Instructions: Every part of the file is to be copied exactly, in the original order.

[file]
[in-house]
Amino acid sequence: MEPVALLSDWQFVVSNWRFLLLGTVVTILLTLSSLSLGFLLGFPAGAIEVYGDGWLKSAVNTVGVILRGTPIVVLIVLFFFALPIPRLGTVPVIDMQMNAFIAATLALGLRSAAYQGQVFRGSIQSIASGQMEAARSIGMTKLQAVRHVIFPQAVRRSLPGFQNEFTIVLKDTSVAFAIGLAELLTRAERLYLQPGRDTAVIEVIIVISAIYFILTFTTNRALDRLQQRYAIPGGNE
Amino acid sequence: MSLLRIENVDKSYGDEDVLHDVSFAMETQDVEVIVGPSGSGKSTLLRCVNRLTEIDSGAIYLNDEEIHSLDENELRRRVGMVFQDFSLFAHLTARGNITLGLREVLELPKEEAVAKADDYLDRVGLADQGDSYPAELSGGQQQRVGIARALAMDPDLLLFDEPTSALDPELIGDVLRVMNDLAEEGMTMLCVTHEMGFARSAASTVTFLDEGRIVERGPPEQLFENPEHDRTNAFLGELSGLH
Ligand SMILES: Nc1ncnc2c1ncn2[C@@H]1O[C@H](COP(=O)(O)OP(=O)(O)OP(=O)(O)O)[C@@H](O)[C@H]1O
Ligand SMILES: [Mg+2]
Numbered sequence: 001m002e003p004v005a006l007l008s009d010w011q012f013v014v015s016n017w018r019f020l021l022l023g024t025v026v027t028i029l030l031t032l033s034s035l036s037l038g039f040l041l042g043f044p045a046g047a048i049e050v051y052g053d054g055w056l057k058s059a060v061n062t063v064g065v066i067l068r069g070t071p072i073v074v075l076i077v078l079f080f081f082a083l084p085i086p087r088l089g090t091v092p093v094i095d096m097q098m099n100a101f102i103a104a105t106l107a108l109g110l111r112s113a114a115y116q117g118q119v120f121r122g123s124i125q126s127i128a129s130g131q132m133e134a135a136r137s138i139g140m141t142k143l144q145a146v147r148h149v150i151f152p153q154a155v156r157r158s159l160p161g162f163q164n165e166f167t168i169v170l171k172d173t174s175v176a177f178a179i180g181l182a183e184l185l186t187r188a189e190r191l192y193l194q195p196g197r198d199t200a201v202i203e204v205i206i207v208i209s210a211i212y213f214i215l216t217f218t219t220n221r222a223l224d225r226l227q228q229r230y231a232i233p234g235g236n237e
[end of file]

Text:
[in-house]
Amino acid sequence: MEPVALLSDWQFVVSNWRFLLLGTVVTILLTLSSLSLGFLLGFPAGAIEVYGDGWLKSAVNTVGVILRGTPIVVLIVLFFFALPIPRLGTVPVIDMQMNAFIAATLALGLRSAAYQGQVFRGSIQSIASGQMEAARSIGMTKLQAVRHVIFPQAVRRSLPGFQNEFTIVLKDTSVAFAIGLAELLTRAERLYLQPGRDTAVIEVIIVISAIYFILTFTTNRALDRLQQRYAIPGGNE
Amino acid sequence: MSLLRIENVDKSYGDEDVLHDVSFAMETQDVEVIVGPSGSGKSTLLRCVNRLTEIDSGAIYLNDEEIHSLDENELRRRVGMVFQDFSLFAHLTARGNITLGLREVLELPKEEAVAKADDYLDRVGLADQGDSYPAELSGGQQQRVGIARALAMDPDLLLFDEPTSALDPELIGDVLRVMNDLAEEGMTMLCVTHEMGFARSAASTVTFLDEGRIVERGPPEQLFENPEHDRTNAFLGELSGLH
Ligand SMILES: Nc1ncnc2c1ncn2[C@@H]1O[C@H](COP(=O)(O)OP(=O)(O)OP(=O)(O)O)[C@@H](O)[C@H]1O
Ligand SMILES: [Mg+2]
Numbered sequence: 001m002e003p004v005a006l007l008s009d010w011q012f013v014v015s016n017w018r019f020l021l022l023g024t025v026v027t028i029l030l031t032l033s034s035l036s037l038g039f040l041l042g043f044p045a046g047a048i049e050v051y052g053d054g055w056l057k058s059a060v061n062t063v064g065v066i067l068r069g070t071p072i073v074v075l076i077v078l079f080f081f082a083l084p085i086p087r088l089g090t091v092p093v094i095d096m097q098m099n100a101f102i103a104a105t106l107a108l109g110l111r112s113a114a115y116q117g118q119v120f121r122g123s124i125q126s127i128a129s130g131q132m133e134a135a136r137s138i139g140m141t142k143l144q145a146v147r148h149v150i151f152p153q154a155v156r157r158s159l160p161g162f163q164n165e166f167t168i169v170l171k172d173t174s175v176a177f178a179i180g181l182a183e184l185l186t187r188a189e190r191l192y193l194q195p196g197r198d199t200a201v202i203e204v205i206i207v208i209s210a211i212y213f214i215l216t217f218t219t220n221r222a223l224d225r226l227q228q229r230y231a232i233p234g235g236n237e